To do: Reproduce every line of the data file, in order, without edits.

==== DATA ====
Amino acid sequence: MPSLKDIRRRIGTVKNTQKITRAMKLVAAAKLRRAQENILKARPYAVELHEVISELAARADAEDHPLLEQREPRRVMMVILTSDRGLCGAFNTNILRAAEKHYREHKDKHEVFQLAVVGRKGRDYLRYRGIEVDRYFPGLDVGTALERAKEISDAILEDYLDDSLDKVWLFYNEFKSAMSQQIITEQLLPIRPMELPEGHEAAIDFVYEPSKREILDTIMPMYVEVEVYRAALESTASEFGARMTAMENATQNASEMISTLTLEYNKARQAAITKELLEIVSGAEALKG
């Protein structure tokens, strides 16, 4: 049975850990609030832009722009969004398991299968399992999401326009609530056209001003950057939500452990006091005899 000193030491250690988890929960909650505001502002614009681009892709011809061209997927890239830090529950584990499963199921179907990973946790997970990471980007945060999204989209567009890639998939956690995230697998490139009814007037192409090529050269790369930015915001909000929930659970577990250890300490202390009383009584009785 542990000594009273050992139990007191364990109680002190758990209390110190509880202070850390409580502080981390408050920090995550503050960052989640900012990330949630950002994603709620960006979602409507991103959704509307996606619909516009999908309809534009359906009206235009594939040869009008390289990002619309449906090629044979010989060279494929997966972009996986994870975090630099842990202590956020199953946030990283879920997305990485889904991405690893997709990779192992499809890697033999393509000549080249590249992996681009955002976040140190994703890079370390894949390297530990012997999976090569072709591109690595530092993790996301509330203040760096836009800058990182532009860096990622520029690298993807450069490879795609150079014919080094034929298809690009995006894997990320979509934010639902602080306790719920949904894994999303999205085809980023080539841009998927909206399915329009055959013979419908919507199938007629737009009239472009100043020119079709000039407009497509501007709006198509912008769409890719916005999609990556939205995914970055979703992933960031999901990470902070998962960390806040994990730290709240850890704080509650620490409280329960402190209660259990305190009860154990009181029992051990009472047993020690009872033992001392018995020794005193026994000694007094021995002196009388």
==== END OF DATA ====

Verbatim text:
Amino acid sequence: MPSLKDIRRRIGTVKNTQKITRAMKLVAAAKLRRAQENILKARPYAVELHEVISELAARADAEDHPLLEQREPRRVMMVILTSDRGLCGAFNTNILRAAEKHYREHKDKHEVFQLAVVGRKGRDYLRYRGIEVDRYFPGLDVGTALERAKEISDAILEDYLDDSLDKVWLFYNEFKSAMSQQIITEQLLPIRPMELPEGHEAAIDFVYEPSKREILDTIMPMYVEVEVYRAALESTASEFGARMTAMENATQNASEMISTLTLEYNKARQAAITKELLEIVSGAEALKG
């Protein structure tokens, strides 16, 4: 049975850990609030832009722009969004398991299968399992999401326009609530056209001003950057939500452990006091005899 000193030491250690988890929960909650505001502002614009681009892709011809061209997927890239830090529950584990499963199921179907990973946790997970990471980007945060999204989209567009890639998939956690995230697998490139009814007037192409090529050269790369930015915001909000929930659970577990250890300490202390009383009584009785 542990000594009273050992139990007191364990109680002190758990209390110190509880202070850390409580502080981390408050920090995550503050960052989640900012990330949630950002994603709620960006979602409507991103959704509307996606619909516009999908309809534009359906009206235009594939040869009008390289990002619309449906090629044979010989060279494929997966972009996986994870975090630099842990202590956020199953946030990283879920997305990485889904991405690893997709990779192992499809890697033999393509000549080249590249992996681009955002976040140190994703890079370390894949390297530990012997999976090569072709591109690595530092993790996301509330203040760096836009800058990182532009860096990622520029690298993807450069490879795609150079014919080094034929298809690009995006894997990320979509934010639902602080306790719920949904894994999303999205085809980023080539841009998927909206399915329009055959013979419908919507199938007629737009009239472009100043020119079709000039407009497509501007709006198509912008769409890719916005999609990556939205995914970055979703992933960031999901990470902070998962960390806040994990730290709240850890704080509650620490409280329960402190209660259990305190009860154990009181029992051990009472047993020690009872033992001392018995020794005193026994000694007094021995002196009388």